History of Oldfields School
150 Years of Each Girl's Success
Oldfields School, Maryland's oldest girls' boarding school, is situated on more than 130 acres in Baltimore County. Anna Austen McCulloch founded the school in 1867, when she and her family moved into an old farmhouse in Glencoe, Maryland. Built in the 1700s, the modest clapboard home still stands as the oldest building at Oldfields and is affectionately known as "Old House".
Mrs. McCulloch felt the need to provide an education for her eight children, and it seemed logical to her to invite some of her nieces and nephews and a few local children to her classes. At the start, she did not feel that she was running a formal school; she always claimed she “took a few ladies to educate them.” In fact, she was creating the foundation for the philosophy and tradition that Oldfields embraces today. Standing on its knoll, Old House is much larger today, with the addition of New House.
The history of Oldfields School is rich with innovation. Oldfields was one of the first girls' schools to introduce chemistry into its curriculum. In 1878, Oldfields pioneered one of the first riding programs in the country, and in 1912, a gym was built, one of the first at a girls' school south of the Mason-Dixon line.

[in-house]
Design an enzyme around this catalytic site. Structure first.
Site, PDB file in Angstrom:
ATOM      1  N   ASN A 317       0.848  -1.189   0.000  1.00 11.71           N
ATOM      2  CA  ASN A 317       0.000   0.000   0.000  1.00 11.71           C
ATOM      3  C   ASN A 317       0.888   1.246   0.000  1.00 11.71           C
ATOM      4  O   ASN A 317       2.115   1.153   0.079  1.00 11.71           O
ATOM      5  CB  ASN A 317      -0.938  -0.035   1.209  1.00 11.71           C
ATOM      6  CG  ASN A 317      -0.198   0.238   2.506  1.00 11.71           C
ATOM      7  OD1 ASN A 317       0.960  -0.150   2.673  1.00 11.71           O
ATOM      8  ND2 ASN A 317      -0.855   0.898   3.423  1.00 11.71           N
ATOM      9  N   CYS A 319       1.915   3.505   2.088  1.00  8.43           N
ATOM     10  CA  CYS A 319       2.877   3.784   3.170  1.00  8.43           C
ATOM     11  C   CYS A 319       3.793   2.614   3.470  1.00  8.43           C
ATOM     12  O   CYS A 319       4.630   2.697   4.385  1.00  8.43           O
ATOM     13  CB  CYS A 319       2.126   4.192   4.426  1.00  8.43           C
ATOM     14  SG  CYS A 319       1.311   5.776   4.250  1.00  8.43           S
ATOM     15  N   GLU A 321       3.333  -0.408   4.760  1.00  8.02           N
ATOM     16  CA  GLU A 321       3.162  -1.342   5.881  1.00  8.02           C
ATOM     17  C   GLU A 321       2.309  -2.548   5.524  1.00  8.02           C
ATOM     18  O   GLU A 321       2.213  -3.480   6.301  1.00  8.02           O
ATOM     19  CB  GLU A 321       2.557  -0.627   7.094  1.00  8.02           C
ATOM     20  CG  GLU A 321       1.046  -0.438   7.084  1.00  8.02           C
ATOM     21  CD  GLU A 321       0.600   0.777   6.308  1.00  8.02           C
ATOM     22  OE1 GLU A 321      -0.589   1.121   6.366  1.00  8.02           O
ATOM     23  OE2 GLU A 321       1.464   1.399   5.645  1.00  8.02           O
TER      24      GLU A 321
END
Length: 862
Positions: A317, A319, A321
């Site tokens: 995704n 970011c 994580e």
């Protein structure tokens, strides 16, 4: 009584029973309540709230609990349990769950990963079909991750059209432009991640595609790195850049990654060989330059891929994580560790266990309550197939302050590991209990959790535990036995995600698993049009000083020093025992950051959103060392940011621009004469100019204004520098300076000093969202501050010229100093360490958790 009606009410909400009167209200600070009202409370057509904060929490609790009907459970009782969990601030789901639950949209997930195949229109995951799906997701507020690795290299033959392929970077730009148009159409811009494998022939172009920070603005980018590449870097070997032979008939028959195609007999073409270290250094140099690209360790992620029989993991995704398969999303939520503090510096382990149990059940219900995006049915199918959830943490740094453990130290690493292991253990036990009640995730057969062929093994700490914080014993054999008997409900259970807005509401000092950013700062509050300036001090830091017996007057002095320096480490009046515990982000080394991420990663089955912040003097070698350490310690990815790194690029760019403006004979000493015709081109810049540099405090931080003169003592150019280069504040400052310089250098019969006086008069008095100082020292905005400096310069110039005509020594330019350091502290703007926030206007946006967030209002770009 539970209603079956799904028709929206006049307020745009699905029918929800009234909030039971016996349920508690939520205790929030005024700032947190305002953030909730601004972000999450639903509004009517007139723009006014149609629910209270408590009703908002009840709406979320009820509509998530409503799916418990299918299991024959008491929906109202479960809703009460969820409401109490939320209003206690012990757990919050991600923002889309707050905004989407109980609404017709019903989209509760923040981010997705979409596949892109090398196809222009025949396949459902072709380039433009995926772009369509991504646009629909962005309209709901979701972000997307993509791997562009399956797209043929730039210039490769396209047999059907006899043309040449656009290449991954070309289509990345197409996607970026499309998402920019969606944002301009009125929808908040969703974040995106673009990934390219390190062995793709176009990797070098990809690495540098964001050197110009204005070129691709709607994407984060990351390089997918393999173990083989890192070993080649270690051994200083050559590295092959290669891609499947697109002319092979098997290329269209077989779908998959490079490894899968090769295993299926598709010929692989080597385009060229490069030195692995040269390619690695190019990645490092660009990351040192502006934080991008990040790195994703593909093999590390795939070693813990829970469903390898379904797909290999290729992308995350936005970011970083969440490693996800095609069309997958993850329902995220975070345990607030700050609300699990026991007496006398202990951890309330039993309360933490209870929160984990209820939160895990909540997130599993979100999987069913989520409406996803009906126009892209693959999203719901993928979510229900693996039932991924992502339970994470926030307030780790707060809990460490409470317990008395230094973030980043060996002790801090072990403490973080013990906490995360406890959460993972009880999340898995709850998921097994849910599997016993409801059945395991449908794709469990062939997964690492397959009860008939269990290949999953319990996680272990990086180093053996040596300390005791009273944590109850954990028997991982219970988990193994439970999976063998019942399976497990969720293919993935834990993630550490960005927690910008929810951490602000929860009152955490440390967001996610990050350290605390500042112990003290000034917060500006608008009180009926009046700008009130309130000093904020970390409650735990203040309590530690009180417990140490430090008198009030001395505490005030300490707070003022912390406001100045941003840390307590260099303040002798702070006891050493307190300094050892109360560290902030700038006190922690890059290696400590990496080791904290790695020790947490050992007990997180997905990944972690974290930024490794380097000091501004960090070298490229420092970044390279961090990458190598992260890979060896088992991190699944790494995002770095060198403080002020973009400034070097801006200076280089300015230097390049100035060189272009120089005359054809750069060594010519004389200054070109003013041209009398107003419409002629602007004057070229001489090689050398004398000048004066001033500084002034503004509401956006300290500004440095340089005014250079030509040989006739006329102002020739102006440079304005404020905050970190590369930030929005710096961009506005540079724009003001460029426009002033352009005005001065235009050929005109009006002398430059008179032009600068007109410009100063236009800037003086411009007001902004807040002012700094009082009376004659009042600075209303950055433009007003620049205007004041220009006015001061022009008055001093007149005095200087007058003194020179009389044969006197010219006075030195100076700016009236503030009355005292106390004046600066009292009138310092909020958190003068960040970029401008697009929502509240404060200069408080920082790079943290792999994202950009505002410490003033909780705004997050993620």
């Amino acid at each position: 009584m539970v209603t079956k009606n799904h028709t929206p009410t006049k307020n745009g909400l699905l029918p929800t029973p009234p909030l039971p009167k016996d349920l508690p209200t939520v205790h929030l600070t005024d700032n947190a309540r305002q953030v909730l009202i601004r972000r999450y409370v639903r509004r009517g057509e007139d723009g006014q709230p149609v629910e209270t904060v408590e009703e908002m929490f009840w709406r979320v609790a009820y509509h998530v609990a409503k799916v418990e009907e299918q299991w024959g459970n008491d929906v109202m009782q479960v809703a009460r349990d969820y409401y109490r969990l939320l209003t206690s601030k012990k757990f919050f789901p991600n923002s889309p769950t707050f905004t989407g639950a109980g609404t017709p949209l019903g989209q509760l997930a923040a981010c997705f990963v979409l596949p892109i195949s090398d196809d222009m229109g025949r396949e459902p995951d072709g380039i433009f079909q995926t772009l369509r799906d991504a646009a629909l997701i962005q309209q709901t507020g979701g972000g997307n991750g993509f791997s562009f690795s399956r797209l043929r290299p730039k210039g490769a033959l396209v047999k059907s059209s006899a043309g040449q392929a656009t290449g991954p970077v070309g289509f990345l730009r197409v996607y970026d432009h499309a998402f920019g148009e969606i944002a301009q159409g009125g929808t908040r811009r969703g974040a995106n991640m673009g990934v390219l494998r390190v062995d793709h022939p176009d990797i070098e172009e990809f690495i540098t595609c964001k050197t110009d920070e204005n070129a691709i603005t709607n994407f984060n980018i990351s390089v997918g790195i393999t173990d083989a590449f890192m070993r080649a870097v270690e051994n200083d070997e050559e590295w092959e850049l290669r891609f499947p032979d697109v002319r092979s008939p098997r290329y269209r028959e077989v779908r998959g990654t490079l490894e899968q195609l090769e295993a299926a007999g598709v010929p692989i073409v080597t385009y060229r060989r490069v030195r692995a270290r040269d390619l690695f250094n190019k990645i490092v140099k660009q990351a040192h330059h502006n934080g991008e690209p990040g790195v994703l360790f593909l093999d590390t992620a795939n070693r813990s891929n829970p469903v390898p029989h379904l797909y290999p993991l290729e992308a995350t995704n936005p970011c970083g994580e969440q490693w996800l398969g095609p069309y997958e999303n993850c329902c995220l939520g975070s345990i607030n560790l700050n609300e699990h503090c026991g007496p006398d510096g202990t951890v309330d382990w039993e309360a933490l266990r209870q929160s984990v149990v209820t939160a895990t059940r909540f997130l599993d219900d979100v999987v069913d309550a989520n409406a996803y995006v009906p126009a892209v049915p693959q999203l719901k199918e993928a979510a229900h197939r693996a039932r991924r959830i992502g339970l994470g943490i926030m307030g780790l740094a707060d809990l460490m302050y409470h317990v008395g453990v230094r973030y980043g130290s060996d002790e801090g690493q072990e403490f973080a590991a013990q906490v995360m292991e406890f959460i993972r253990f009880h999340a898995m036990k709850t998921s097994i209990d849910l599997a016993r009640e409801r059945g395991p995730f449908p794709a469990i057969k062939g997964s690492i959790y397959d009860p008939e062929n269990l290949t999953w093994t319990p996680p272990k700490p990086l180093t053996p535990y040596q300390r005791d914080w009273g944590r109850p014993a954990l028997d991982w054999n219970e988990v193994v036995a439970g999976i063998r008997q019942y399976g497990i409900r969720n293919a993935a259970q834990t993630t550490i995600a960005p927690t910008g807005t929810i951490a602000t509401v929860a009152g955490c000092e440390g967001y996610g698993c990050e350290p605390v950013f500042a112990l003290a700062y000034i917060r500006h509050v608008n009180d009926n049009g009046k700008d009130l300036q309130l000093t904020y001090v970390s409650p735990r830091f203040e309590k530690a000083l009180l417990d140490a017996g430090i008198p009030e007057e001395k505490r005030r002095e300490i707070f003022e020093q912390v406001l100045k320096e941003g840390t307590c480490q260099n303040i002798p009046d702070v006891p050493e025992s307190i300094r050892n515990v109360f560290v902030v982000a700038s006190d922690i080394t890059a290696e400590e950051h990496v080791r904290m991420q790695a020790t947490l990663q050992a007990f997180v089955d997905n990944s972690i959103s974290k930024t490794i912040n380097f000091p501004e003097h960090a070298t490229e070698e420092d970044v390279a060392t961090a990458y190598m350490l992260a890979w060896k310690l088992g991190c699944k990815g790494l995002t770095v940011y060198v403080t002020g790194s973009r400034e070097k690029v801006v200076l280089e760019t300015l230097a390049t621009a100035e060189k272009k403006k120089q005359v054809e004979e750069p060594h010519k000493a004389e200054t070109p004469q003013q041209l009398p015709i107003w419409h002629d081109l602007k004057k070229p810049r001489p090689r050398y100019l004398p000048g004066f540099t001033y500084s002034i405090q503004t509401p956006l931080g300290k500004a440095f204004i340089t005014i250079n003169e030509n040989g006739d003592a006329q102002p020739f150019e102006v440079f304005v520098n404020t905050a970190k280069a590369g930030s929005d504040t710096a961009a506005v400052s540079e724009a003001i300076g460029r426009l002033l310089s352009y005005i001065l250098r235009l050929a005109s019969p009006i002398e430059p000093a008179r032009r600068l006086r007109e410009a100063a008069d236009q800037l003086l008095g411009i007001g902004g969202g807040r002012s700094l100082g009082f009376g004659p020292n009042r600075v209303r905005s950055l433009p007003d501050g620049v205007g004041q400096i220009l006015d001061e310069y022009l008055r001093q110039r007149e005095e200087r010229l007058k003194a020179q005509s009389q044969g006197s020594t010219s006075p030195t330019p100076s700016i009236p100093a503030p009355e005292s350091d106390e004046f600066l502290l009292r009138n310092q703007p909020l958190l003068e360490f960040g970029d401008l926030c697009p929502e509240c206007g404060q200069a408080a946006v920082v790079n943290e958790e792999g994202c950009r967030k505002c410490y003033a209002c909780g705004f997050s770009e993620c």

Oldfields has always boasted an educational program that meets the needs of each individual student. The School's student to faculty ratio is among the lowest in the nation. Oldfields faculty is trained to use different methods and tools to meet the diverse learning needs of each student.
While Oldfields maintains its status as one of the top all-girls' boarding schools in the country, the School's history and integrity are never lost. Oldfields is rooted on a campus that has been part of the Baltimore legacy for 148 years. Within these roots is the work of every teacher, student, and staff member who has passed through the School and affected our community in some way.